Nov. 29 (Bloomberg) -- U.S. Representative Barney Frank, the Massachusetts Democrat planning to retire the end of his current two-year term, said the possible election of a Republican president could lead to the undoing of the financial regulation law that bears his name.
“The most significant danger is the election of a Republican president next year who would be committed to first try and dismantle it and failing that, appoint people who wouldn’t administer it,” Frank, the top Democrat on the House Financial Services Committee, said today at a Washington news conference where he discussed his decision to leave Congress.
Frank pointed to Republican presidential contenders, including former House Speaker Newt Gingrich, Texas Governor Rick Perry and former Massachusetts Governor Mitt Romney, who have said they would repeal the Dodd-Frank Act law if elected. Republican lawmakers were nearly unanimous in opposing the measure when it was passed last year, and they have continued to complain that it over-regulates and fails to address problems that contributed to the 2008 credit crisis.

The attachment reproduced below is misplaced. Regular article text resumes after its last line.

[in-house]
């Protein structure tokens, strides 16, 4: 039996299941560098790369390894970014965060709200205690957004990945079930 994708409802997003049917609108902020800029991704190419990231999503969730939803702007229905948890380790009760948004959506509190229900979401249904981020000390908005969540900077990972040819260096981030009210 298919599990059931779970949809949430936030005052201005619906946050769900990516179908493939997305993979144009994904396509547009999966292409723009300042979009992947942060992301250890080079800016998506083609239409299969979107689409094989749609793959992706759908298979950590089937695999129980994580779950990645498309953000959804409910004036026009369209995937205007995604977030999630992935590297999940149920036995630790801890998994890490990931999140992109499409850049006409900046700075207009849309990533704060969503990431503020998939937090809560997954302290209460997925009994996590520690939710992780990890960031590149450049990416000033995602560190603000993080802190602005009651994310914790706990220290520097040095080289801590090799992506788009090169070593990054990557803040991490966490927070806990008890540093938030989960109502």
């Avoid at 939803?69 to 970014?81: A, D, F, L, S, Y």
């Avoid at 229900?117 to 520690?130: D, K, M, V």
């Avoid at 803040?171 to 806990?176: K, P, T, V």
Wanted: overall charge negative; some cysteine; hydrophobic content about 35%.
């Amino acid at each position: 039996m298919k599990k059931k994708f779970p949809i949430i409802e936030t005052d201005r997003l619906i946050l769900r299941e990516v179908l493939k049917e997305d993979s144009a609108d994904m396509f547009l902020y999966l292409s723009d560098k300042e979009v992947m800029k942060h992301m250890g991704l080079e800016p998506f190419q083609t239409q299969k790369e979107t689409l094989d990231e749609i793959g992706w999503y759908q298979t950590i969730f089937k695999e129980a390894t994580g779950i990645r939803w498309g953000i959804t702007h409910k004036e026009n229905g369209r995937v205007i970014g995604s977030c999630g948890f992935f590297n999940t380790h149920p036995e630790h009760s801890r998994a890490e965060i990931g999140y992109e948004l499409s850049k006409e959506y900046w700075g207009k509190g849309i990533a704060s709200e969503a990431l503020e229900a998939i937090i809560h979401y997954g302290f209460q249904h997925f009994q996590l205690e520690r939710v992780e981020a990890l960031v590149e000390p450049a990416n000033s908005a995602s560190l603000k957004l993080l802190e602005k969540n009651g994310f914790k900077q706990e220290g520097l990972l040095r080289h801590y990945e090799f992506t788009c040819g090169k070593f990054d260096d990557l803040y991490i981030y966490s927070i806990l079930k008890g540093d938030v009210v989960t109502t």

In a wide-ranging, 55-minute news conference, Frank, 71, said he wouldn’t want to serve as secretary of the Department of Housing and Urban Development after he leaves Congress at end of next year. He said he would continue to defend Dodd-Frank after he steps down.
The sovereign debt crisis in Europe has “held back” the nation’s recovery, Frank said, adding that he believes U.S. banks are “well prepared to deal with this unless everything falls apart.”
--Editors: Gregory Mott, Lawrence Roberts
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